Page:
AMERICAN AIRLINES, INC.

OSHRC Docket No. 78-918

Occupational Safety and Health Review Commission

February 27, 1981

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Before CLEARY, Chairman; BARNAKO and COTTINE, Commissioners.

COUNSEL:

Baruch A. Fellner, Office of the Solicitor, USDOL

James E. White, Reg. Sol., USDOL

Glen Walker, for the employer

OPINION:

DECISION

BY THE COMMISSION:

A decision of Administrative Law Judge James A. Cronin, Jr., is before the Commission pursuant to section 12(j), 29 U.S.C. 661(i), of the Occupational Safety and Health Act of 1970, 29 U.S.C. 661-678 (the "Act").

Chairman Cleary directed review of the judge's decision on, inter alia, the following issue: n1 "Whether the administrative law judge erred in vacating [the citations] on the grounds the cited working conditions are regulated by the Federal Aviation Administration so that section 4(b)(1) of [the Act] deprives the Secretary of Labor of jurisdiction over those working conditions."

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n1 Also directed for review was the issue of whether the Secretary's warrantless inspection of Respondent's premises was conducted in violation of the fourth amendment to the United States Constitution. The Commission has held that an inspection conducted prior to the United States Supreme Court's decision in Marshall v. Barlow's, Inc., 436 U.S. 307 (1978), as was the inspection in this case, even if conducted in violation of the Barlow's warrant requirement, cannot result in the exclusion of evidence gathered as a result of the inspection. Meadows Indus., Inc., 79 OSAHRC    , 7 BNA OSHC 1709, 1979 CCH OSHD P23,847 (No. 76-1463, 1979). Furthermore, because of the disposition of this case, there is no need to address the other issues directed for review: whether the Secretary proved that certain of the cited standards were violated; whether the violation alleged in citation 2 was shown to be willful; and, whether the violations alleged in citation 3 were repeated.

[*2]

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We have reviewed the pertinent portions of the record and have considered the parties' arguments, which are substantially the same as those arguments made to the judge. We conclude, for the reasons assigned in his decision and order, that the judge properly determined that section 4(b)(1) n2 of the Act precludes the Secretary from citing American Airlines with respect to the working conditions at issue in the disputed citations. n3 See Northwest Airlines, Inc., 80 OSAHRC    , 8 BNA OSHC 1982, 1980 CCH OSHD P24,751 (No. 13649, 1980), pet. for review filed, No. 80-4222 (2d Cir. Nov. 3, 1980).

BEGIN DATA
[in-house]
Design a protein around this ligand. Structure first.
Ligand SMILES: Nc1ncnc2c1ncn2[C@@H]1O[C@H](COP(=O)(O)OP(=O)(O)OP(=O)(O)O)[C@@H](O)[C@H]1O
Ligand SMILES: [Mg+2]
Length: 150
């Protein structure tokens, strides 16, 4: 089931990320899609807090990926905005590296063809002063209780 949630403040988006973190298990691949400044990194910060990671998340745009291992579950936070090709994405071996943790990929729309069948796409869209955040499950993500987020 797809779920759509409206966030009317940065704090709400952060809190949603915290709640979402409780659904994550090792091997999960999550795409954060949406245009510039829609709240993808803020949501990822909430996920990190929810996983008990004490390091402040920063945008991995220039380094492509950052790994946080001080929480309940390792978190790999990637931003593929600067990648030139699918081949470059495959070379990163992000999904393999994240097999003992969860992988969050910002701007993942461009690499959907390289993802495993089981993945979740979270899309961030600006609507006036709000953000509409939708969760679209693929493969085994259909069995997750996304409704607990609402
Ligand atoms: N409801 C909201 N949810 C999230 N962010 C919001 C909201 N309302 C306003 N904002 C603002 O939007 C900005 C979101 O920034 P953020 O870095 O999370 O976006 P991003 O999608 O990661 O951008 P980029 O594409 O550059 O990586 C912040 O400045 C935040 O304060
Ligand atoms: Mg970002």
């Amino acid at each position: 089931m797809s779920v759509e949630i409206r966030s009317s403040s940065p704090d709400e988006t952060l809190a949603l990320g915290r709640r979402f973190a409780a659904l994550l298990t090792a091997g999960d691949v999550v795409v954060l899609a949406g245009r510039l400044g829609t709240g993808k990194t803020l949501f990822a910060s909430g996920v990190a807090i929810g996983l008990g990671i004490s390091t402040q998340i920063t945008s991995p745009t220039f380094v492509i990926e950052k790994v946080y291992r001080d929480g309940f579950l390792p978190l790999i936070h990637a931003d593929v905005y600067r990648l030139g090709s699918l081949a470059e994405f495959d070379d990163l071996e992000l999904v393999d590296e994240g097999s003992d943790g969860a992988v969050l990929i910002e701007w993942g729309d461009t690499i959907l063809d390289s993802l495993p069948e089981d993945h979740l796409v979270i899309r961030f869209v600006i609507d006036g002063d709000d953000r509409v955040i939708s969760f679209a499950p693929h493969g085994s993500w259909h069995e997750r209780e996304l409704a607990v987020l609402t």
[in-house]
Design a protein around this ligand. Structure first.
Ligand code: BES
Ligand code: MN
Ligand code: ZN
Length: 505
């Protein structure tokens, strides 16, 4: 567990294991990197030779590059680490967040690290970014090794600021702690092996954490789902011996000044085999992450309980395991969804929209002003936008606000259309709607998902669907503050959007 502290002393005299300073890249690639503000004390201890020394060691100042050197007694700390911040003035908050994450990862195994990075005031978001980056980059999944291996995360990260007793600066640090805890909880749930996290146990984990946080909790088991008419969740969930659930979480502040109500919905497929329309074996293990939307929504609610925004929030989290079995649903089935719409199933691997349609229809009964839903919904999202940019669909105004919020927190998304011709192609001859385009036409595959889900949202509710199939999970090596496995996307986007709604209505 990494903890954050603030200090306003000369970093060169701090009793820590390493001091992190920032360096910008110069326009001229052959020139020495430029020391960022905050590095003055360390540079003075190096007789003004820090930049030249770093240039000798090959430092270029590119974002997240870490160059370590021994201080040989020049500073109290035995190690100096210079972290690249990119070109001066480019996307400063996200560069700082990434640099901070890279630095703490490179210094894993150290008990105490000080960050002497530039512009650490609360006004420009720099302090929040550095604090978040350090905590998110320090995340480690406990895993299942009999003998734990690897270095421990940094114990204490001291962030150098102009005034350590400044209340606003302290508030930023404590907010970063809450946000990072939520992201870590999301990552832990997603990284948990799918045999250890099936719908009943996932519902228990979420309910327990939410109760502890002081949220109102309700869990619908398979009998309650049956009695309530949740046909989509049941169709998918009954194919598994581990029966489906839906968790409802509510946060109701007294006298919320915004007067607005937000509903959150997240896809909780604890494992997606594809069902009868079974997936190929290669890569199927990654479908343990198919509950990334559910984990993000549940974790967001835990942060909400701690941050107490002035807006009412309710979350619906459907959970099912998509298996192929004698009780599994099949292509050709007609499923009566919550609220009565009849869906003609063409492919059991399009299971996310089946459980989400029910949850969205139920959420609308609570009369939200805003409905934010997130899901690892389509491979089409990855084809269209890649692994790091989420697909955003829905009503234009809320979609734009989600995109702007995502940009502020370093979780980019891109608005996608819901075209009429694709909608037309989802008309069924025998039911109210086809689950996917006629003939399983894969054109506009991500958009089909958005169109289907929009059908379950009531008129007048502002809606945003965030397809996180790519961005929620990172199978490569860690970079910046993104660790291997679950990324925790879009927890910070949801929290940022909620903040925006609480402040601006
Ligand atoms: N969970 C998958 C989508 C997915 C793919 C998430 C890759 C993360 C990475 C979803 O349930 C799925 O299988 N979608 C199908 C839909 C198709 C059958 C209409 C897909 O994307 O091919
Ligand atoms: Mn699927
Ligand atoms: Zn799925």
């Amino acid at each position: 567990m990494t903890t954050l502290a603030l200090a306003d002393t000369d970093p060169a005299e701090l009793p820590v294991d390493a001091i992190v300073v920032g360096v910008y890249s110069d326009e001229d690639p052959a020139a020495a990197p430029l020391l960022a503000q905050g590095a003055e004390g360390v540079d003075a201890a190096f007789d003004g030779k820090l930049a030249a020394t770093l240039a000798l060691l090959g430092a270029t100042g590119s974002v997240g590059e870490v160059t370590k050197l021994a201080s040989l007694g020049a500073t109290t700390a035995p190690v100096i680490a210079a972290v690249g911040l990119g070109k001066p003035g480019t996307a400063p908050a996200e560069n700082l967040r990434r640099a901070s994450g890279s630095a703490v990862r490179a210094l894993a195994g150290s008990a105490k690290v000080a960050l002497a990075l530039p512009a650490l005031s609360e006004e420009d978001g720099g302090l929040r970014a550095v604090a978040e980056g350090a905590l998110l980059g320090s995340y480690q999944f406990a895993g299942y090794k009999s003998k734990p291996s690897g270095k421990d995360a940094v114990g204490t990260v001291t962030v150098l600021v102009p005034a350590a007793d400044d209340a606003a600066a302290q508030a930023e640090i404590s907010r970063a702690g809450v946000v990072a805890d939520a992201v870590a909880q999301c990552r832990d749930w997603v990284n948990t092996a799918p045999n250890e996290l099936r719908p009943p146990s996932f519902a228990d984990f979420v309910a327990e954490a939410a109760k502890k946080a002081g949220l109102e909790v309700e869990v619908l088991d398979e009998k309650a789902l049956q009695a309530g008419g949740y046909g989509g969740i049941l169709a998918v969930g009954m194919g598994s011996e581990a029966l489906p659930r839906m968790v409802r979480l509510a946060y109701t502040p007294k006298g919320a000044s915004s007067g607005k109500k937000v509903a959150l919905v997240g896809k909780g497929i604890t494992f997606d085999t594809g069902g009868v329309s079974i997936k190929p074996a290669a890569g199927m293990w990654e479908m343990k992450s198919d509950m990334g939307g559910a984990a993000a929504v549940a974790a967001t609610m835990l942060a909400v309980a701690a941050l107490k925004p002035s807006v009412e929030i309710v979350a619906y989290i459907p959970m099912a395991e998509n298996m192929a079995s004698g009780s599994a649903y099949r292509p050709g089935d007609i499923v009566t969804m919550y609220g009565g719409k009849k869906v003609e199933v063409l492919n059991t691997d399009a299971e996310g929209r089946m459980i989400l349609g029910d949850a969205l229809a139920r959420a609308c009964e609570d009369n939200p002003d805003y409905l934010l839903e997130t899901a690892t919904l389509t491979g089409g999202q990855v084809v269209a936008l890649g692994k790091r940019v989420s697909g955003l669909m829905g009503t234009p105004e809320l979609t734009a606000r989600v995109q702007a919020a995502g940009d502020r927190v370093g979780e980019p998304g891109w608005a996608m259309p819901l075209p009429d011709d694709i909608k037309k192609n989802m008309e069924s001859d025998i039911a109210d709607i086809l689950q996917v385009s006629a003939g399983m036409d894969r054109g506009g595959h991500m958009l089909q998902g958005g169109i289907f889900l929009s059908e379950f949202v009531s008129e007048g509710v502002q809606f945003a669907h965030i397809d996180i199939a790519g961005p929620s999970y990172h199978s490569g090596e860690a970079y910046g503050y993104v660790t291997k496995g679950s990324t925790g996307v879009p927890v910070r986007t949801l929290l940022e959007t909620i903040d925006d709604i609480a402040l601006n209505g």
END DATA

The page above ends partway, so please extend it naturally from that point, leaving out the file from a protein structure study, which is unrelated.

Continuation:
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n2 Section 4(b)(1) of the Act, 29 U.S.C. 653(b)(1) provides in pertinent part:

Nothing in this Act shall apply to working conditions of employees with respect to which other Federal agencies, and State agencies . . ., exercise statutory authority to prescribe or enforce standards or regulations affecting occupational safety or health.

n3 The Secretary argues with respect to item 3 of citation 3 that Respondent was in violation of 29 C.F.R. 1910.132(a) for failing to require employees to wear rubber boots during dipping operations involving the handling of corrosive chemicals. The evidence supports the judge's finding that there was a specific provision of the FAA approved manual for Respondent's ground operations personnel dealing with the identical hazard and working condition. The Commission has held that a 4(b)(1) exemption arises even though another federal agency has not exercised its authority in the same or an equally stringent manner. See Mushroom Transp. Co., 73 OSAHRC 51/E10, 1 BNA OSHC 1390, 1973-74 CCH OSHD P16,881 (No. 1588, 1973).

[*3]

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Accordingly, the judge's decision is affirmed. SO ORDERED.